Equally, whilst the offshore web allows finance to flow into the UK economy via the attraction of mobile business and through the financial services of the City of London – the corporate tax revenue in the UK has either increased or stayed consistent. This highlights that potentially the UK domestic businesses are either highly immobile or the UK itself offers an internationally competitive corporation tax rate. It is noted that “despite substantial (and apparently increasing) FDI flows to tax havens, corporate tax revenue in the USA, UK, and other capital-exporting countries has not fallen, but has actually increased. The generally robust growth of corporate tax revenues in major capital exporting countries, despite substantial FDI flows to tax havens, suggests that the concerns expressed about the deleterious effects of tax havens may be somewhat exaggerated.” (Dharmapala, 2008, p. 662) Thus, financially, what we can observe is that through its unique position sitting at the heart of the web of tax havens – the UK may benefit somewhat from its relationship through maintaining a compliant tax base as well as attracting mobile capital from overseas. However, where I disagree with this quote by Dharmapala is that ‘the deleterious effects of tax havens’ span far wider than their economic impact she considers. Here we will explore this contradiction further;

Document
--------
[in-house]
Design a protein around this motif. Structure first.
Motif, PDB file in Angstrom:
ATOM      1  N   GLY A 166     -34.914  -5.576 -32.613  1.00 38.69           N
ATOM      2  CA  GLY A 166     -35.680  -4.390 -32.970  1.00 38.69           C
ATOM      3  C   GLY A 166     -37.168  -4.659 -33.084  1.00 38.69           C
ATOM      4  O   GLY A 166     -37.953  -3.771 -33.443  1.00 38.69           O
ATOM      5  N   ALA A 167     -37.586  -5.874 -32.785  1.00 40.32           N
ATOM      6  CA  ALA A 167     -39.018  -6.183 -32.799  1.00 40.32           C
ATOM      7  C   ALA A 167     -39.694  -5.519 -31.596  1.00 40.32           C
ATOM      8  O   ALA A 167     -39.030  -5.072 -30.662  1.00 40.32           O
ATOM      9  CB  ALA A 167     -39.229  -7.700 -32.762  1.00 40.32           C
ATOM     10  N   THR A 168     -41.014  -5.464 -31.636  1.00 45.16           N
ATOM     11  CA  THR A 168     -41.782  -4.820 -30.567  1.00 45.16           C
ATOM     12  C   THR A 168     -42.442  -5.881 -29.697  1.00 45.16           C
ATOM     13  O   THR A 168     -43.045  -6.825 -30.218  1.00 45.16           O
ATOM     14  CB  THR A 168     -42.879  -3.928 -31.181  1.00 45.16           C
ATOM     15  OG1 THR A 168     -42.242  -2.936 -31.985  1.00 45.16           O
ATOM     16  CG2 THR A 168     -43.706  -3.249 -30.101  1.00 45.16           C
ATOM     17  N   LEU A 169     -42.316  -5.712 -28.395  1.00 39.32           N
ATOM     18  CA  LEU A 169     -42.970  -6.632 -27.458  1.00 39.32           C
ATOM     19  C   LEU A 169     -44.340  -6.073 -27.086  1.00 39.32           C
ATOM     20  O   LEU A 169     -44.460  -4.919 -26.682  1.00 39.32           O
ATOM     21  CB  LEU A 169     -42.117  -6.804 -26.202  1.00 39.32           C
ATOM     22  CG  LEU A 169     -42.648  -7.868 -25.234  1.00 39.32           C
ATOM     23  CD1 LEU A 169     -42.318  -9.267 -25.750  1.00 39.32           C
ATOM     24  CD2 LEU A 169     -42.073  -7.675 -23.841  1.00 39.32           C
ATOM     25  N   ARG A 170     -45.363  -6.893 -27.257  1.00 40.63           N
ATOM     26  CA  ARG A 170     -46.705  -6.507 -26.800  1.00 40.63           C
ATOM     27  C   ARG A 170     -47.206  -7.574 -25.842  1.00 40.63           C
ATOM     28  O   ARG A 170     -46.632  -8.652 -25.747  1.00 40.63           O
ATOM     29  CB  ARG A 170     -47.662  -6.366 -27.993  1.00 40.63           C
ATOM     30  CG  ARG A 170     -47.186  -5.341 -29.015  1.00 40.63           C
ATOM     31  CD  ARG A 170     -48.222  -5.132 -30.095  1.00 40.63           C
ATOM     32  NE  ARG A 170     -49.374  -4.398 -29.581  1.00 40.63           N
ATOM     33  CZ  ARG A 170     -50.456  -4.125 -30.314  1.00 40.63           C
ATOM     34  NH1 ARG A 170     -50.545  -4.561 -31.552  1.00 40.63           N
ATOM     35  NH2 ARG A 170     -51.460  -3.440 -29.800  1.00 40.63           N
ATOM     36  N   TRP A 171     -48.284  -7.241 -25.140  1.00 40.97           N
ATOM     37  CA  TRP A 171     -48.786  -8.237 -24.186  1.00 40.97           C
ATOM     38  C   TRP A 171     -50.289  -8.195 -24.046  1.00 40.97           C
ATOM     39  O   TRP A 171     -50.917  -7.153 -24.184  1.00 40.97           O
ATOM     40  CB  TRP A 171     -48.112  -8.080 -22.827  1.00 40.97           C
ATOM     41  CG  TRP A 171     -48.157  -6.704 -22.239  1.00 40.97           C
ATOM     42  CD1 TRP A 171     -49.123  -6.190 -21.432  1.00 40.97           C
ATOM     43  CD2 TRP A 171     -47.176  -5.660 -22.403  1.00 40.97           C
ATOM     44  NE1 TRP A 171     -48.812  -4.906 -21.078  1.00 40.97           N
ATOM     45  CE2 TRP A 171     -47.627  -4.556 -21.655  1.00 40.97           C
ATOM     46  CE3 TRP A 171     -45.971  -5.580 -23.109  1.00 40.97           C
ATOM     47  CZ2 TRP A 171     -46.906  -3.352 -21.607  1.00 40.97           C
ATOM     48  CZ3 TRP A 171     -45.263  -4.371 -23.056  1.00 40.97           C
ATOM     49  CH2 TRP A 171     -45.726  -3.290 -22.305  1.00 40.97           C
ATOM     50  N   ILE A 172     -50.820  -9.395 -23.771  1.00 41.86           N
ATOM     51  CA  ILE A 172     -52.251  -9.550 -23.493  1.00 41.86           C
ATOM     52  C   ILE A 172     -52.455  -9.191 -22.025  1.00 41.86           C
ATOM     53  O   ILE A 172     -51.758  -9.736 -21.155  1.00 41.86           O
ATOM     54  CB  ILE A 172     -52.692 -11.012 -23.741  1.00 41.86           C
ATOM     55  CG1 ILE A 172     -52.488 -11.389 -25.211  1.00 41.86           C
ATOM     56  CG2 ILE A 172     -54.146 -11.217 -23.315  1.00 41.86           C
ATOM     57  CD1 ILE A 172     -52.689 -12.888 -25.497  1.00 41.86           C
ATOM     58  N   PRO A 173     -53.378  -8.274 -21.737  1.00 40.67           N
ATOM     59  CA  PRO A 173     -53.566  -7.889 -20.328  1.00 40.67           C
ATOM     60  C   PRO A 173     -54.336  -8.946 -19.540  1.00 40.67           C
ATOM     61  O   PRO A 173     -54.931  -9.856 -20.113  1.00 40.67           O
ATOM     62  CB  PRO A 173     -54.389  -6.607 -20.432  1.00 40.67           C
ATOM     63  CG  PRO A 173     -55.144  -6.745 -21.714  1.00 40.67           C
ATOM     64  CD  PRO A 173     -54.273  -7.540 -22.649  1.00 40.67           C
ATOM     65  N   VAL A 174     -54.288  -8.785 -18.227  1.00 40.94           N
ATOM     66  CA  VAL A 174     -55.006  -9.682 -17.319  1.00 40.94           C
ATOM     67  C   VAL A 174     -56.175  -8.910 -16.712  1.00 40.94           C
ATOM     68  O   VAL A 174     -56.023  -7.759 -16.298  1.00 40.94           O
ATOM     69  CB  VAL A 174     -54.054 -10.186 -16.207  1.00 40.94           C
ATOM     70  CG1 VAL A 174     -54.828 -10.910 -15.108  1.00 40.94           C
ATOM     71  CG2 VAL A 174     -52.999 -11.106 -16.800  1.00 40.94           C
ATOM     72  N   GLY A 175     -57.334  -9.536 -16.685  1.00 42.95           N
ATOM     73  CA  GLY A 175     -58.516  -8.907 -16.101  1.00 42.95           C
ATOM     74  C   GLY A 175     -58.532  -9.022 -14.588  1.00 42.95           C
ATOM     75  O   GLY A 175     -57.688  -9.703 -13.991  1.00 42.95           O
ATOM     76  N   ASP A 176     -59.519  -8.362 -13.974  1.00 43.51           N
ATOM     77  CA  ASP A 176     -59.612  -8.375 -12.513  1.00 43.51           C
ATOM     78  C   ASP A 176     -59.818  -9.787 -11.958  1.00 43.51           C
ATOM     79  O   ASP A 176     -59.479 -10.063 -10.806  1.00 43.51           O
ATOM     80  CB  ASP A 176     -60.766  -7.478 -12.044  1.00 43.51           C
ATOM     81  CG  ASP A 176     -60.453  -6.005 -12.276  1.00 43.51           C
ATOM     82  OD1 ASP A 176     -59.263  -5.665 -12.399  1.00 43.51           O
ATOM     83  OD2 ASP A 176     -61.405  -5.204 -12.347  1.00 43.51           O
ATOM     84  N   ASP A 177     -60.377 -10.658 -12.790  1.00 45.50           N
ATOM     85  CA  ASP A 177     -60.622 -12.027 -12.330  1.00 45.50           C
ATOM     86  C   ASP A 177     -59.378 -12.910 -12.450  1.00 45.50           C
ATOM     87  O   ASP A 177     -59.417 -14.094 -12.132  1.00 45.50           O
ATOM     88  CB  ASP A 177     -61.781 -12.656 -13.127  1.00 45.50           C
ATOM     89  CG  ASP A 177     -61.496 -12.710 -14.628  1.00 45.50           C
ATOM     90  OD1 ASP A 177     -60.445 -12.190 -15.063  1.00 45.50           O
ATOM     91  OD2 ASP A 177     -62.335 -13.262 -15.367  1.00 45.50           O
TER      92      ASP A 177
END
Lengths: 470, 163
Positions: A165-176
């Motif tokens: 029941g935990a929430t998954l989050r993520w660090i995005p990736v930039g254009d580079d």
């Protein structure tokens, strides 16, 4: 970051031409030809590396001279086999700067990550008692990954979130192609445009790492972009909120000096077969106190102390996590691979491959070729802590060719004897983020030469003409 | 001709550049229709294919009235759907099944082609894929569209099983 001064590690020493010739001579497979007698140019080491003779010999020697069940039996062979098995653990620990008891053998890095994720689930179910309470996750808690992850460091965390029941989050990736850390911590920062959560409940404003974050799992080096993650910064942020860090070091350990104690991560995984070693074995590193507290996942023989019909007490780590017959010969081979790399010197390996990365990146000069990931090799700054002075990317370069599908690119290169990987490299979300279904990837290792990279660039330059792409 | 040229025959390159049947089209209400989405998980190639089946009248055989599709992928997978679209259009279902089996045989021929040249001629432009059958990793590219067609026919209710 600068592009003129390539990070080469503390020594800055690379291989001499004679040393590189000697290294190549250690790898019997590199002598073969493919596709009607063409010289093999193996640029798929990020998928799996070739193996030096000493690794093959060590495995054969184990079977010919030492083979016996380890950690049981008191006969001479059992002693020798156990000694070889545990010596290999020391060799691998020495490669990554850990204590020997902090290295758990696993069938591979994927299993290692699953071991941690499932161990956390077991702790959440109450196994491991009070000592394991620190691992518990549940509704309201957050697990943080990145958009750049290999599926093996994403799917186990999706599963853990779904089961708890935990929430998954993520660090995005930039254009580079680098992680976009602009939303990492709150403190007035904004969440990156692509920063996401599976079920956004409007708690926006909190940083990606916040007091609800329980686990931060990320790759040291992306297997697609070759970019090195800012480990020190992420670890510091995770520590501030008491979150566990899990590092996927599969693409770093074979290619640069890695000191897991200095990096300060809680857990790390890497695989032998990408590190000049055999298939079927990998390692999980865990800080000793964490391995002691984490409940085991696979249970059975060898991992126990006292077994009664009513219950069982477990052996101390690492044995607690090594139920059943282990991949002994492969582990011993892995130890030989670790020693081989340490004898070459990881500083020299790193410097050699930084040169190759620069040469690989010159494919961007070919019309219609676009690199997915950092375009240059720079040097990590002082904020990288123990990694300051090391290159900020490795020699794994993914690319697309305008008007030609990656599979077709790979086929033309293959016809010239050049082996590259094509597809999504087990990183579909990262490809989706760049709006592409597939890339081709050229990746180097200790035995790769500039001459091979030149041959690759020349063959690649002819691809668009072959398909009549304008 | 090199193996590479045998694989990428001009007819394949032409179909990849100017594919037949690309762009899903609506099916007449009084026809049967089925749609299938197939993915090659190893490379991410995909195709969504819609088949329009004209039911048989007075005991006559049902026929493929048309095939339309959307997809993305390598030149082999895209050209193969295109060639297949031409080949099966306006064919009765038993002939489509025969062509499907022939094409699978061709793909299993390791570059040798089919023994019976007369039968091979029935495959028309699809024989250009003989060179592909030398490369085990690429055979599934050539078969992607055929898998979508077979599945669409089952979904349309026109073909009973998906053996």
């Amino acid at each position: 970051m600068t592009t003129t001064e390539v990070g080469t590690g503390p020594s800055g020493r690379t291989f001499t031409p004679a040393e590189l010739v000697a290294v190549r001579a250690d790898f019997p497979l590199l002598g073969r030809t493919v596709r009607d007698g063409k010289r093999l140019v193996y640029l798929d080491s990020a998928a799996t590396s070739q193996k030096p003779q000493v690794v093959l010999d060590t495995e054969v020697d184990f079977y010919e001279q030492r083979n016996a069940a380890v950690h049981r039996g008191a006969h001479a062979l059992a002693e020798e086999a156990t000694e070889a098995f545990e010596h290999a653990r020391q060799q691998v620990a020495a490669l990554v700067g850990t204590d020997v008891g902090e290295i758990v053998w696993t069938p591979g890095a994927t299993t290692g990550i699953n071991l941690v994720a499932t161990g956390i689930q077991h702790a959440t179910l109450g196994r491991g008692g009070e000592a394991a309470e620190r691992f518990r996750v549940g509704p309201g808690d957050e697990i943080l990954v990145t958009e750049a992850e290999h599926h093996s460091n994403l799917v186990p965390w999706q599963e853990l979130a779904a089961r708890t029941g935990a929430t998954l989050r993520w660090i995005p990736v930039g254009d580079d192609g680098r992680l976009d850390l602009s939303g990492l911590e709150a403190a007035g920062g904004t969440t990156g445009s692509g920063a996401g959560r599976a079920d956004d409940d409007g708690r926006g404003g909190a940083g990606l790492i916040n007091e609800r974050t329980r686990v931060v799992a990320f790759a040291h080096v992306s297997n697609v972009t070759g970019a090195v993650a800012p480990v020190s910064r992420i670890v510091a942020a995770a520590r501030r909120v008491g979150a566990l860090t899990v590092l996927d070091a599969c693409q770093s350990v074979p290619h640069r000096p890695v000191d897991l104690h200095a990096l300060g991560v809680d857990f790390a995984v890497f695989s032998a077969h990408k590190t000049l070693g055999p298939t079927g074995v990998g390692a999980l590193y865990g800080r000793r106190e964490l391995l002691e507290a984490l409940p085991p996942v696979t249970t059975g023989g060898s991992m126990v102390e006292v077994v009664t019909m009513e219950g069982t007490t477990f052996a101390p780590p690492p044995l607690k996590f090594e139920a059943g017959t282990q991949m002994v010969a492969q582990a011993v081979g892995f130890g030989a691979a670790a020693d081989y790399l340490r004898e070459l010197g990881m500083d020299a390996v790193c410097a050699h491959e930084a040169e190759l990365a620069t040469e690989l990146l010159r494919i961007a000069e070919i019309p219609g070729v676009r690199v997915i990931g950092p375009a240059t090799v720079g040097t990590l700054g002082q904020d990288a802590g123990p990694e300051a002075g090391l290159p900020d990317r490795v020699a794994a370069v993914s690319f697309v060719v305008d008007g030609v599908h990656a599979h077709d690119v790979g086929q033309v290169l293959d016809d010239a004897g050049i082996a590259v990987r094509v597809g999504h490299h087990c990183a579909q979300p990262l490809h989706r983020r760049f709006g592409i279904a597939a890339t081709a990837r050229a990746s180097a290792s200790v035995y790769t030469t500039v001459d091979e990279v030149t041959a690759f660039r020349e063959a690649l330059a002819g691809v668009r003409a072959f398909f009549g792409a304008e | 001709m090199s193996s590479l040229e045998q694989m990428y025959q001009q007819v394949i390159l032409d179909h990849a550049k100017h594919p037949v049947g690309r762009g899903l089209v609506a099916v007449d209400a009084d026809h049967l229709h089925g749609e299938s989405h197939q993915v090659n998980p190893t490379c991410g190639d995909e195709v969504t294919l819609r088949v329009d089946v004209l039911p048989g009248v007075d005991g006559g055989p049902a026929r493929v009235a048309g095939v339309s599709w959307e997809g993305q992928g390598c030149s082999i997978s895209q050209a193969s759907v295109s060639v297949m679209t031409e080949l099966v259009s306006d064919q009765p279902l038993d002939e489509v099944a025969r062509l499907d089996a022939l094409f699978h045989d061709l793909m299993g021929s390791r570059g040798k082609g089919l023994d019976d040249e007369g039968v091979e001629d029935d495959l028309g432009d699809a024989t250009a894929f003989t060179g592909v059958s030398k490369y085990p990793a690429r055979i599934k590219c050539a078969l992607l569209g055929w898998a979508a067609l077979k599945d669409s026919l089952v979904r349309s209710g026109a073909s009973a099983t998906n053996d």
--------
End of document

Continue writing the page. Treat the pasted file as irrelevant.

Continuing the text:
The City of London Vs the UK: